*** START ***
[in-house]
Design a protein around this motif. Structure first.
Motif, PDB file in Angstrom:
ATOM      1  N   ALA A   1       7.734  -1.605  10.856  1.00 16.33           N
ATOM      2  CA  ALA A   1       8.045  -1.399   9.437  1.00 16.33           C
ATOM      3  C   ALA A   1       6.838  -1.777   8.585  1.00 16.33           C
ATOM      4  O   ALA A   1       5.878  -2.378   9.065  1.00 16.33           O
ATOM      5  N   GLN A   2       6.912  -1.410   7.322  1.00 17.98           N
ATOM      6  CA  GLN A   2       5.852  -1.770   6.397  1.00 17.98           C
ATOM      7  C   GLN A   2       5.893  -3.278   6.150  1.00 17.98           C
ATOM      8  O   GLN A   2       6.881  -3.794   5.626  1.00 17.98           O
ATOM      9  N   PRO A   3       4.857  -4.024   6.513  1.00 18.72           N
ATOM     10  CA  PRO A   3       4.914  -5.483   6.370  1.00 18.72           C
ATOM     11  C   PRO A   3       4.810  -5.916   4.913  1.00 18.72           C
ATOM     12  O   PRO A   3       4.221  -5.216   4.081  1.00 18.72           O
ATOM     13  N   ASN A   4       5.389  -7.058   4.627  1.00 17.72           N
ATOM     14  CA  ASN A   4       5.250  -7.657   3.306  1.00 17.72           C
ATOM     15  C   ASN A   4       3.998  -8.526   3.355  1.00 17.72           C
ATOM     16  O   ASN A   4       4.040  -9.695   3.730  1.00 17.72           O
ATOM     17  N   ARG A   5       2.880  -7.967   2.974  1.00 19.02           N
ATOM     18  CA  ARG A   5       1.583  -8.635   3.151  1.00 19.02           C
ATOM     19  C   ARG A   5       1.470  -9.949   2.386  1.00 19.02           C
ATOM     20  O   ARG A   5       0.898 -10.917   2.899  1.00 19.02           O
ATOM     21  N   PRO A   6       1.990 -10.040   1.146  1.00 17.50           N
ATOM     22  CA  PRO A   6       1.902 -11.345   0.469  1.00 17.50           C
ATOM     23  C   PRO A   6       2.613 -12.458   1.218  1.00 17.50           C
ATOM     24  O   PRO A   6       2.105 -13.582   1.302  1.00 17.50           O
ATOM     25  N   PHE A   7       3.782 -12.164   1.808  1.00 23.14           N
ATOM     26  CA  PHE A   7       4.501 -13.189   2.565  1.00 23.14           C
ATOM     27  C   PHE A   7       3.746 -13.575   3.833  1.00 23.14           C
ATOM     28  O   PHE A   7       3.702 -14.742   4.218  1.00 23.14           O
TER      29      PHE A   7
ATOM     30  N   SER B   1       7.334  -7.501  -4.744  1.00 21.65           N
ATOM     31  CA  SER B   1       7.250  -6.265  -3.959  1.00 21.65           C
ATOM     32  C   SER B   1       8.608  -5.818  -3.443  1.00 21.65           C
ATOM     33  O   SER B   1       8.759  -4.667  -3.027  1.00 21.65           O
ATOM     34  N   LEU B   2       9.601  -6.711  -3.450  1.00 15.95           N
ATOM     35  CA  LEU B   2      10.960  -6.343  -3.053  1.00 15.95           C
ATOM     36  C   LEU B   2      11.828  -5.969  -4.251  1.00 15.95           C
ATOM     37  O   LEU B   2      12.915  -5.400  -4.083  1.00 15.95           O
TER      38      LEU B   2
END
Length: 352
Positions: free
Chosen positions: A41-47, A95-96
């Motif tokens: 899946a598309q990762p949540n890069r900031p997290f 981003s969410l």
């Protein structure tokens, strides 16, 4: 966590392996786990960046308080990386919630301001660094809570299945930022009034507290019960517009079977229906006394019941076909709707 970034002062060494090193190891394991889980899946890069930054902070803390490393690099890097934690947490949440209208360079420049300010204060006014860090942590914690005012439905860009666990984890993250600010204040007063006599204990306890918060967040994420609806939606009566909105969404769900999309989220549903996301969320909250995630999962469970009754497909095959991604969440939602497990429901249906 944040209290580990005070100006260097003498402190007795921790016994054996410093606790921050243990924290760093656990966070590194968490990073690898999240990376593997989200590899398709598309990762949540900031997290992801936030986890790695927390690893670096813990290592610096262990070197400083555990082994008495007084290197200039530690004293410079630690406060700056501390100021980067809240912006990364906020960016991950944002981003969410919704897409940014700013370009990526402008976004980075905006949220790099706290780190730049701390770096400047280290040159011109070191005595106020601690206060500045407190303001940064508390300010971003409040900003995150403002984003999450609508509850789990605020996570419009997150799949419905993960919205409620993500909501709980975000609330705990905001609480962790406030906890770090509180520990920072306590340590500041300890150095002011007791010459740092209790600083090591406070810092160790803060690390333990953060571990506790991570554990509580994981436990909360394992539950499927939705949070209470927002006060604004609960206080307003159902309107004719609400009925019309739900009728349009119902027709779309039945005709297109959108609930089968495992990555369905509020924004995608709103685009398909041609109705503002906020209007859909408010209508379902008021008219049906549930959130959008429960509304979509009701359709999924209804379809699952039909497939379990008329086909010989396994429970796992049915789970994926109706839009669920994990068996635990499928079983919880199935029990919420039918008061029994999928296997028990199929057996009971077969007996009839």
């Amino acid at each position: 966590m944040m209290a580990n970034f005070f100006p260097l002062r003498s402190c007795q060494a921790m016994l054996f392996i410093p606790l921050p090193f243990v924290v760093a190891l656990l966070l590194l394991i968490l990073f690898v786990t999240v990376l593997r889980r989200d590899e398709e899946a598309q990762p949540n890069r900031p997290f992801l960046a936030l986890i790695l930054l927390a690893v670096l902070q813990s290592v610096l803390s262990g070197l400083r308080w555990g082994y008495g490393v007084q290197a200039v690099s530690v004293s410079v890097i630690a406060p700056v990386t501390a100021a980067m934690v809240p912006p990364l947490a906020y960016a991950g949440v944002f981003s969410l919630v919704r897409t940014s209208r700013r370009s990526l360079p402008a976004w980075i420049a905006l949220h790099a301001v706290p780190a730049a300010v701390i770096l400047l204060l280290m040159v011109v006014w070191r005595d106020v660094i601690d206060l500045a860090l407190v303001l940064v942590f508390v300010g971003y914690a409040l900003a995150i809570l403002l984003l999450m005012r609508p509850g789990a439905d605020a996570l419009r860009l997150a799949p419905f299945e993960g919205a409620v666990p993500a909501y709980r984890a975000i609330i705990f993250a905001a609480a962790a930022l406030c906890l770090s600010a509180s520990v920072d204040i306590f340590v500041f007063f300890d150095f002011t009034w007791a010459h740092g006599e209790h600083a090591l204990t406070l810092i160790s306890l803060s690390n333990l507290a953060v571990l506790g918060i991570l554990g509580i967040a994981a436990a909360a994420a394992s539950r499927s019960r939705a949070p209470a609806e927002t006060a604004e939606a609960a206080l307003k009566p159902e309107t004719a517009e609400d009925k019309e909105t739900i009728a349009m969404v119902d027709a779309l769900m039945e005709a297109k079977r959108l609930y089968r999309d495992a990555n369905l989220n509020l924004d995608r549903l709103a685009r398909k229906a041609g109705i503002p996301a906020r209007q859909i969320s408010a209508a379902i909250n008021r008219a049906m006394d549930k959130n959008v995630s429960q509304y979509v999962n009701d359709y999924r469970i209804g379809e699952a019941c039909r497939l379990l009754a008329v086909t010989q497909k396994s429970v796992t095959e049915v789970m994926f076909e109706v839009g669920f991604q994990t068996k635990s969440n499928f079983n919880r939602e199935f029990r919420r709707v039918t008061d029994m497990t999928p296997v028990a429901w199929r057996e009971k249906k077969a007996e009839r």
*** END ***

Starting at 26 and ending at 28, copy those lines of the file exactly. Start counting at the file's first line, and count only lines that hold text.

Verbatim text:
ATOM     23  C   PRO A   6       2.613 -12.458   1.218  1.00 17.50           C
ATOM     24  O   PRO A   6       2.105 -13.582   1.302  1.00 17.50           O
ATOM     25  N   PHE A   7       3.782 -12.164   1.808  1.00 23.14           N